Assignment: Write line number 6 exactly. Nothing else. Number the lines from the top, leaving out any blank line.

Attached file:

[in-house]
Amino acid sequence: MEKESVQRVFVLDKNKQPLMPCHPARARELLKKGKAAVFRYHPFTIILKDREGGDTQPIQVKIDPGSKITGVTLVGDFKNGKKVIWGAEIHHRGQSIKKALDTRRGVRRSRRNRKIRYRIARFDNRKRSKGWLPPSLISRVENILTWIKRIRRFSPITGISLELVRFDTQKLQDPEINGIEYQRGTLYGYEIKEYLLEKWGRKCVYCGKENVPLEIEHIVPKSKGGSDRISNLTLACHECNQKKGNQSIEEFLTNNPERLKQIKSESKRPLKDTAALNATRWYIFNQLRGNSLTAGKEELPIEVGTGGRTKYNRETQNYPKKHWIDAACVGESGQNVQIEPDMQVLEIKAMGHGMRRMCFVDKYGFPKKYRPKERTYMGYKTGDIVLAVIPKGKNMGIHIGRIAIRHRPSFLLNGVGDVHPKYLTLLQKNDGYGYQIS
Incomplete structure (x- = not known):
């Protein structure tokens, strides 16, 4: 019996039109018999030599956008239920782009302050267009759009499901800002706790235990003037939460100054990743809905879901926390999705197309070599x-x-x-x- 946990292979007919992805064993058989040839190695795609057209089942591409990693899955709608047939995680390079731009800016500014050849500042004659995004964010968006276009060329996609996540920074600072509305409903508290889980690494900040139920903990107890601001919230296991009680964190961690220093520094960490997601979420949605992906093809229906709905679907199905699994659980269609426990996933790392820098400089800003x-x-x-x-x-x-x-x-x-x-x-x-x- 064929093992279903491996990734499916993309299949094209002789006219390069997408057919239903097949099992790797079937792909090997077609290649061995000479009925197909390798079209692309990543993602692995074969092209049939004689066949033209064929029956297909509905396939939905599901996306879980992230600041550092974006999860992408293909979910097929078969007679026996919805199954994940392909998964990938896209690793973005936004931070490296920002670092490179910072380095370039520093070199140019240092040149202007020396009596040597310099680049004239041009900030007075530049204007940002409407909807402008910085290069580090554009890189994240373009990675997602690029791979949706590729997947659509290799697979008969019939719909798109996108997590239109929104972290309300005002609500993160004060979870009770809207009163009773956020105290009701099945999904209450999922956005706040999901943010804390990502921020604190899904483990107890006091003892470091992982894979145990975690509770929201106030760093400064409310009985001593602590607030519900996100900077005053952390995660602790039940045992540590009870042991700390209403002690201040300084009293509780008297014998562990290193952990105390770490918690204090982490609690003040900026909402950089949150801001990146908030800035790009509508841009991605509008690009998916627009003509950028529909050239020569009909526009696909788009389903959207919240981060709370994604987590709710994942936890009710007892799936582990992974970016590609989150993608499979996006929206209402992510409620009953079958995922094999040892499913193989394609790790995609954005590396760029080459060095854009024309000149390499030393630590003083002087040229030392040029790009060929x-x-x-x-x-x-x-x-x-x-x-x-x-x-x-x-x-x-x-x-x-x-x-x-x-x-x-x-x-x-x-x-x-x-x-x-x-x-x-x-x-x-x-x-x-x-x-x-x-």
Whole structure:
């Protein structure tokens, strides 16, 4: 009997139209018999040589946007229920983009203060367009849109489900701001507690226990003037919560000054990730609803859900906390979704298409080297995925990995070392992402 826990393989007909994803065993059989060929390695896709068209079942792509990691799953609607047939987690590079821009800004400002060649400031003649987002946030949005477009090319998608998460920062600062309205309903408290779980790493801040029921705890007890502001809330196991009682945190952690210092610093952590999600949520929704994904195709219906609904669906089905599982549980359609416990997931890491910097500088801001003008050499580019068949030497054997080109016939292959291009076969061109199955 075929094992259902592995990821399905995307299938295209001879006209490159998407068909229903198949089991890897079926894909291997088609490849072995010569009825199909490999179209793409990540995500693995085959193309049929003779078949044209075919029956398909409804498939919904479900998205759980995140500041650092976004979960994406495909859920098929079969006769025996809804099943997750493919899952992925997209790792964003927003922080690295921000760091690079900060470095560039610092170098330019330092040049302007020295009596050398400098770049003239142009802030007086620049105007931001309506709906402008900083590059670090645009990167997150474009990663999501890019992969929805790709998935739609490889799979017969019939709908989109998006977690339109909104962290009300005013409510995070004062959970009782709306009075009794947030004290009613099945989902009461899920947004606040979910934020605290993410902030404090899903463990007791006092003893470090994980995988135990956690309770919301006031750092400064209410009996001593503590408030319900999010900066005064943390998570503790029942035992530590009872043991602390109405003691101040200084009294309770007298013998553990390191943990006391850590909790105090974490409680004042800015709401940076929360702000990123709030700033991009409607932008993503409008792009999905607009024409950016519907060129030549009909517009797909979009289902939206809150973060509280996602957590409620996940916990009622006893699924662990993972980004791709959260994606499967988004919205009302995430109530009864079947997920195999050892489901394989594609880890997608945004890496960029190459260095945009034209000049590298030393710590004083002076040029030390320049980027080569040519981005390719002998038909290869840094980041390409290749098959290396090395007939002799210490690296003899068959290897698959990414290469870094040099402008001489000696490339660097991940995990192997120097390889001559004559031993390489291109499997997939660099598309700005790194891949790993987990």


């Protein structure tokens, strides 16, 4: 009997139209018999040589946007229920983009203060367009849109489900701001507690226990003037919560000054990730609803859900906390979704298409080297995925990995070392992402 826990393989007909994803065993059989060929390695896709068209079942792509990691799953609607047939987690590079821009800004400002060649400031003649987002946030949005477009090319998608998460920062600062309205309903408290779980790493801040029921705890007890502001809330196991009682945190952690210092610093952590999600949520929704994904195709219906609904669906089905599982549980359609416990997931890491910097500088801001003008050499580019068949030497054997080109016939292959291009076969061109199955 075929094992259902592995990821399905995307299938295209001879006209490159998407068909229903198949089991890897079926894909291997088609490849072995010569009825199909490999179209793409990540995500693995085959193309049929003779078949044209075919029956398909409804498939919904479900998205759980995140500041650092976004979960994406495909859920098929079969006769025996809804099943997750493919899952992925997209790792964003927003922080690295921000760091690079900060470095560039610092170098330019330092040049302007020295009596050398400098770049003239142009802030007086620049105007931001309506709906402008900083590059670090645009990167997150474009990663999501890019992969929805790709998935739609490889799979017969019939709908989109998006977690339109909104962290009300005013409510995070004062959970009782709306009075009794947030004290009613099945989902009461899920947004606040979910934020605290993410902030404090899903463990007791006092003893470090994980995988135990956690309770919301006031750092400064209410009996001593503590408030319900999010900066005064943390998570503790029942035992530590009872043991602390109405003691101040200084009294309770007298013998553990390191943990006391850590909790105090974490409680004042800015709401940076929360702000990123709030700033991009409607932008993503409008792009999905607009024409950016519907060129030549009909517009797909979009289902939206809150973060509280996602957590409620996940916990009622006893699924662990993972980004791709959260994606499967988004919205009302995430109530009864079947997920195999050892489901394989594609880890997608945004890496960029190459260095945009034209000049590298030393710590004083002076040029030390320049980027080569040519981005390719002998038909290869840094980041390409290749098959290396090395007939002799210490690296003899068959290897698959990414290469870094040099402008001489000696490339660097991940995990192997120097390889001559004559031993390489291109499997997939660099598309700005790194891949790993987990």